About a week ago, I wrote a column for my regular Manila Times gig praising the efforts of a Facebook group called “Masbate Talks” for taking the ordinary social media group format a couple productive steps farther, and turning it into a model of public attentiveness and interaction with their local government that could easily be copied — to everyone’s great benefit — elsewhere in the country.
The government, however, in this case the administration of Masbate Governor Rizalina “Dayan” Seachon-Lanete, apparently doesn’t want you people all up in their business, and given the suspiciously pork-flavored cloud of doubt that seems to follow Gov. Lanete around these days, that might not be the best attitude to adopt towards voters and taxpayers. What the group does – mainly through the efforts of the chief organizer, Rigz Estrella, although he has many enthusiastic province-mates assisting him – is produce a monthly “progress report” that quickly summarizes the financial status of the province, the activities of the Governor, Vice-Governor, and individual Provincial Board members during the month, the most popular topics discussed in the Facebook group during the month, and any specific ideas, questions, or suggestions that the group members would like to follow up on with the provincial government.
The first report was posted a week or two ago covering the month of June, and there were already hints that Masbate officials felt themselves caught off-guard by it; the group thread on Facebook detailed a series of unhappy phone calls and e-mails from various personalities in the government, complaining about things like the province’s current bank balance being published, the report’s having listed the monthly salaries of the elected provincial officials, and most particularly, comments regarding former Congresswoman and now Governor Lanete’s alleged involvement in the “pork barrel” scandal. Lanete, as some may recall, was at the top of the list of people from the House of Representatives tabbed in the initial exposés published by the Inquirer, and along with a couple of her family members, earned herself a bit of dubious renown as “the sardine can lady” in the short-lived “anti-epal” fad about a year ago.
Earlier today, Mr. Estrella sent a message – addressed to me, but posted openly on the Masbate Talks page, since “transparency” is a concept that Masbateños, at least those who have not been elected to something, don’t seem to have any trouble wrapping their heads around – explaining a bit of a snag he had run into when trying to gather information for the next installment of the “progress report”:
I’m already drafting the report or August, so I just called the Provincial Accounting Office OIC Ms. Norie Agunas to get the cash-on-bank for end of July, and she told me that she was reprimanded by Provincial Administrator Jose Tamayo for giving the info for June over the phone. There is now an instruction for her not to give the info without prior request. So I ask, ‘How can I make the request? Is it through email?’ She has no idea.
So I decided to talk to Mr. Jose Tamayo.
Me: How can I send the formal request?
Mr. Jose Tamayo: You need to send letter of request through a postal mail address to Governor Dayan.
Me: It’s fine with me, I can do that. But if I send a mail to Governor Dayan, will she mail me back with the info?
Mr. Jose Tamayo: It depends, because it will still be deliberated by the Finance Officer and approved by Governor Dayan.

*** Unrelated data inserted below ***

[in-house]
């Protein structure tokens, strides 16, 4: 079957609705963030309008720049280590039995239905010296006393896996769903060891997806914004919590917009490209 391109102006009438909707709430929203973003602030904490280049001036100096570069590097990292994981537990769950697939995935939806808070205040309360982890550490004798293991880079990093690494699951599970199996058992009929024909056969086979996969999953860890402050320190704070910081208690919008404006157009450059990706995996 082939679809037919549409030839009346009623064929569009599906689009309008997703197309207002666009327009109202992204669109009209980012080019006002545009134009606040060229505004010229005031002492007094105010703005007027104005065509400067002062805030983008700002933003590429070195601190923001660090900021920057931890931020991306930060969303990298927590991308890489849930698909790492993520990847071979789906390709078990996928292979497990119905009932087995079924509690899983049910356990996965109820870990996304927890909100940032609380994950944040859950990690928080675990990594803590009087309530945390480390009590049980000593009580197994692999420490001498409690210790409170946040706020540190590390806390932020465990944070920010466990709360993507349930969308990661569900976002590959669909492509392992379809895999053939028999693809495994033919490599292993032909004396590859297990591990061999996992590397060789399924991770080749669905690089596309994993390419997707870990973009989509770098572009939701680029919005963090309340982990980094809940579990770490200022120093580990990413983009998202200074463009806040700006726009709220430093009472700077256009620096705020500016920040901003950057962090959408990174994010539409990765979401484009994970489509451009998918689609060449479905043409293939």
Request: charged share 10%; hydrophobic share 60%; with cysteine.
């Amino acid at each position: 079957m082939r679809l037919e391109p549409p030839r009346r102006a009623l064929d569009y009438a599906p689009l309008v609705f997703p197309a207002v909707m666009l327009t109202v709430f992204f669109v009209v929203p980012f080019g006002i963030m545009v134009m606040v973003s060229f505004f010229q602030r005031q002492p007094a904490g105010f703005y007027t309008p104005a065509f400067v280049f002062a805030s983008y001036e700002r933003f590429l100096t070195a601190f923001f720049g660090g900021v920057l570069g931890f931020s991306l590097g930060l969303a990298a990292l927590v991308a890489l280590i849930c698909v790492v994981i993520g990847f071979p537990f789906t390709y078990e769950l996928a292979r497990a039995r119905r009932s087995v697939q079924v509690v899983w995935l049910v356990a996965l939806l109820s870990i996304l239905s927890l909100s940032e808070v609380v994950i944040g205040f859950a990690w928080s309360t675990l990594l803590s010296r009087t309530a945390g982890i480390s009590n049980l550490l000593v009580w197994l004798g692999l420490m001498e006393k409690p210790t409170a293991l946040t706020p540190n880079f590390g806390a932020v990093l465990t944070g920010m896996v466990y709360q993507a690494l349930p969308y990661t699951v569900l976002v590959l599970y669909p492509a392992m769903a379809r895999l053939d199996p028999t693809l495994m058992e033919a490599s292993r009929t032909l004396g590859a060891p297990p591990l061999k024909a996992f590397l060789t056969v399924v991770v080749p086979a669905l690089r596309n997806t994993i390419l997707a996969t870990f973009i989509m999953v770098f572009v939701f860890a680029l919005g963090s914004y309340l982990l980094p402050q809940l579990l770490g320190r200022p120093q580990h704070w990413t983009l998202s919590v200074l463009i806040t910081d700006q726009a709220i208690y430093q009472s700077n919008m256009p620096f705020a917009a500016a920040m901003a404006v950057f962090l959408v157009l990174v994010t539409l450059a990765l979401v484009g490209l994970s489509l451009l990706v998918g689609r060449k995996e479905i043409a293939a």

Me: That’s a lot of red tape for simple info that will not even take a minute to give over the phone.
Mr. Tamayo: Ok sir, you can send request through email.
Me: That sounds better. I can send an email right away.
Oh, for crying out loud. When I see things like this, I marvel at the courteous patience of guys like Mr. Estrella to put up with it. If I were the one asking the questions, Ms. Agunas and/or Mr. Tamayo would be having a very bad day right now, one that in all likelihood I would be inclined to deliver in person. And why is that? If it’s not obvious to Governor Lanete and her subordinates, and it apparently is not, the particular piece of information being sought – the province’s cash balance – is being sought by the people to whom that money belongs. That information should be delivered to anyone who asks, by whatever means they ask, immediately and with a smile.
Here’s a bit of frank reality for Governor Lanete and her government. The Masbate Talks group has adopted an attitude of being thorough and thoughtful in assessing the goings-on in their province, and in interacting with their elected officials in as friendly and productive a way as possible. If I’m not mistaken, I believe even one member of the Provincial Board has realized the potential of the civic model that has been created, and has joined the group herself.
Obstinacy and a misplaced sense of proprietary boundaries will get you nowhere. After all, there are a little more than 11,000 members of “Masbate Talks”; there are not that many of you. And, although I personally don’t give myself that much credit, as far as the group is concerned my taking an interest in it (because I know a good idea when I see one), constitutes “national media attention.” So here’s the deal: You can either set a new standard for ethical, interactive governance through the way you work together with your constituents, or you can be subjected to an intensity of uncomfortable scrutiny that you probably did not imagine was possible. I’d prefer the former, and obviously, so would the people who love their province and want to see it improve. But that’s up to you.
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